Pina Bausch, who combined potent drama and dreamlike movement to create a powerful form of dance theater that influenced generations of dancemakers, only performed at Jacob's Pillow on one memorable occasion in 1968. At that time, most Pillow presentations were mixed programs that included ballet, modern, and some form of traditional dance. The program was a particularly international sampling of dance, including Solveig Oestergaard and Niels Kehlet from the Royal Danish Ballet, India's Ritha Devi in her U.S. debut, and the Frenchman Jean Cébron with his young German partner, Pina Bausch. As with all of the Pillow's mixed programs, the first time that these performers came together was for the dress rehearsal on the night before the opening. But unlike other rehearsals, there was a prominent critic present on this occasion, as the national magazine Saturday Review
would only cover the event if Walter Terry attended before the official opening. Bausch had managed to arrive at the Pillow several days in advance, as had the two Danes. But Jean Cébron was on a tight schedule because of a previous performance in Germany, with a connection through Paris and a flight into New York. His flight was hours late, and he didn‟t arrive at the Pillow until after 10pm, at which point he got into costume and make-up and performed his two duets with Bausch even though they hadn't rehearsed together in more than a month. The journey for Ritha Devi and her musicians was even more arduous, and they didn't arrive until midnight after forty-eight hours in transit from Moscow. While the assembled audience of students and Saturday Review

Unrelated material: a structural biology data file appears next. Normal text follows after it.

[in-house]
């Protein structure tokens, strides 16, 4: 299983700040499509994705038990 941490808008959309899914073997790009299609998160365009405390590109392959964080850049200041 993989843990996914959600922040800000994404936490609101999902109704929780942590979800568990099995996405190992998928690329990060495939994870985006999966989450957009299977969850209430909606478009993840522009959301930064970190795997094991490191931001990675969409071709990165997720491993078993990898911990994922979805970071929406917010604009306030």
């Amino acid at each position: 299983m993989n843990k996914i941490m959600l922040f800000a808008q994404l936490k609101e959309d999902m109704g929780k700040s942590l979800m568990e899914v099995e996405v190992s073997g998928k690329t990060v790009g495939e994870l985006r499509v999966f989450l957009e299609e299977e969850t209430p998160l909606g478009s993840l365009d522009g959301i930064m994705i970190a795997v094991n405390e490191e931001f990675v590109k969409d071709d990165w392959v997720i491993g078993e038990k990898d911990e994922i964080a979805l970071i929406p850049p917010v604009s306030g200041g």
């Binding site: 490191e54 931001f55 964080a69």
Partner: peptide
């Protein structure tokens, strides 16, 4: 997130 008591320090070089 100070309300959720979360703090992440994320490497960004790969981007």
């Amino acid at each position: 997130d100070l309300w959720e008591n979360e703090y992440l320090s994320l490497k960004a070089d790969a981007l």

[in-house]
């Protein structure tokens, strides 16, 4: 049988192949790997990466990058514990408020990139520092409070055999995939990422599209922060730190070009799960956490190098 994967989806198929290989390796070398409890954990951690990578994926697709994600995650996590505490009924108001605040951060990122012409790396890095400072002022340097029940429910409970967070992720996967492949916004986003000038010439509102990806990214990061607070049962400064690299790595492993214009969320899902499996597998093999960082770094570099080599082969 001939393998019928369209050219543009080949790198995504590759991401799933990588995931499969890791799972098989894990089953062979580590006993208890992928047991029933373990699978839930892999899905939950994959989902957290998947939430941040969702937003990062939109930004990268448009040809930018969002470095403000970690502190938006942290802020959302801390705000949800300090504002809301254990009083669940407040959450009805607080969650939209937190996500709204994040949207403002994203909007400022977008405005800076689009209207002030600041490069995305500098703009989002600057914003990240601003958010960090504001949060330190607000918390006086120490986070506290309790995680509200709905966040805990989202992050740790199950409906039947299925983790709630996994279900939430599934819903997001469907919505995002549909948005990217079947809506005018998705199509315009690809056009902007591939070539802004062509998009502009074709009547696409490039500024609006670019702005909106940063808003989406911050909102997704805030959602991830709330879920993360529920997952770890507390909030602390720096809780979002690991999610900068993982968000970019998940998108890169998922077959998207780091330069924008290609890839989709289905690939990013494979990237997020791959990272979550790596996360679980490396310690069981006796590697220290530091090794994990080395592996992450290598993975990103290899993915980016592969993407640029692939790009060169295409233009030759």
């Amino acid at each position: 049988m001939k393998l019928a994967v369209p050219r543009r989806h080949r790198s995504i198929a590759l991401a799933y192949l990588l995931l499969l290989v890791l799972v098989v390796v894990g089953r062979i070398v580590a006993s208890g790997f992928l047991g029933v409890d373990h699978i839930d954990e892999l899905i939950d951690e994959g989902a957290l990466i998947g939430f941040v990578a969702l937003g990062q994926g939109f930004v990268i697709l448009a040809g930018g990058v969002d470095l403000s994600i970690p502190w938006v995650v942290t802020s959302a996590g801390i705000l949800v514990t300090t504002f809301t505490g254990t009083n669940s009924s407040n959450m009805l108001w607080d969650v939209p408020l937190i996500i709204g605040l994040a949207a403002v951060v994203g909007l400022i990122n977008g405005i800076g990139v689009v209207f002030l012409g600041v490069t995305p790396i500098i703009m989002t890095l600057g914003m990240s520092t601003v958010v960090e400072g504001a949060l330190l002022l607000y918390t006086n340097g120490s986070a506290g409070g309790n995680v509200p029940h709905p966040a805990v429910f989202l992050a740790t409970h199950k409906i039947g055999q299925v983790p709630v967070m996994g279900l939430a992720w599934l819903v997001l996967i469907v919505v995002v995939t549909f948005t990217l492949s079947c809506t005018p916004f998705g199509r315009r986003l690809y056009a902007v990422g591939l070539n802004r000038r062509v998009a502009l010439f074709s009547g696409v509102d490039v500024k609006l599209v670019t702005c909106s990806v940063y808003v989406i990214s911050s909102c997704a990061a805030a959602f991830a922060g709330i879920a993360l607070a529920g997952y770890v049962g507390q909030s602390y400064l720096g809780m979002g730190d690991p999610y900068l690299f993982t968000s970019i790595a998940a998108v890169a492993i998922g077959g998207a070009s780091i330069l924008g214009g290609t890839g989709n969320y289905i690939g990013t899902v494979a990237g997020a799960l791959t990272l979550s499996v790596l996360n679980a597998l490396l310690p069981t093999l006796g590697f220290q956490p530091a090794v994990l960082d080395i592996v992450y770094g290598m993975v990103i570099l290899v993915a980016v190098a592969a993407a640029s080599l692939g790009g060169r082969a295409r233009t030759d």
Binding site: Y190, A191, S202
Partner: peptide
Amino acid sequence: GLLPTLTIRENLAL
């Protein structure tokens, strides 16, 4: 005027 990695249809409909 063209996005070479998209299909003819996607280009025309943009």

's Walter Terry waited for her to appear, Ted Shawn sat on the edge of the stage and addressed the gathering. "My children," he began sternly, "if you don't have the stamina and devotion to do what these artists are doing tonight, then get out of the dance right now and don't clutter up the landscape!" Terry's review was thus titled, "Stamina and Devotion" and it described "a great experience for the Jacob's Pillow students and an electrifying occasion for the rest of us." Of Cébron and Bausch, Terry commented that "it was a particular joy to see their splendid individual talents so exquisitely combined" and another critic singled out Bausch for special praise. "Miss Bausch possesses a remarkably fluid body. Her long, thin arms and legs move with unrestricted grace. Her lines are all bending and curving with no angles." While there are no films of this remarkable program, a few photographs were taken during performance by John Van Lund, and have just recently been printed for the first time from the original negatives. Ella Baff displayed these photos at a Boston memorial for Bausch, who died in June 2009 at the age of 68.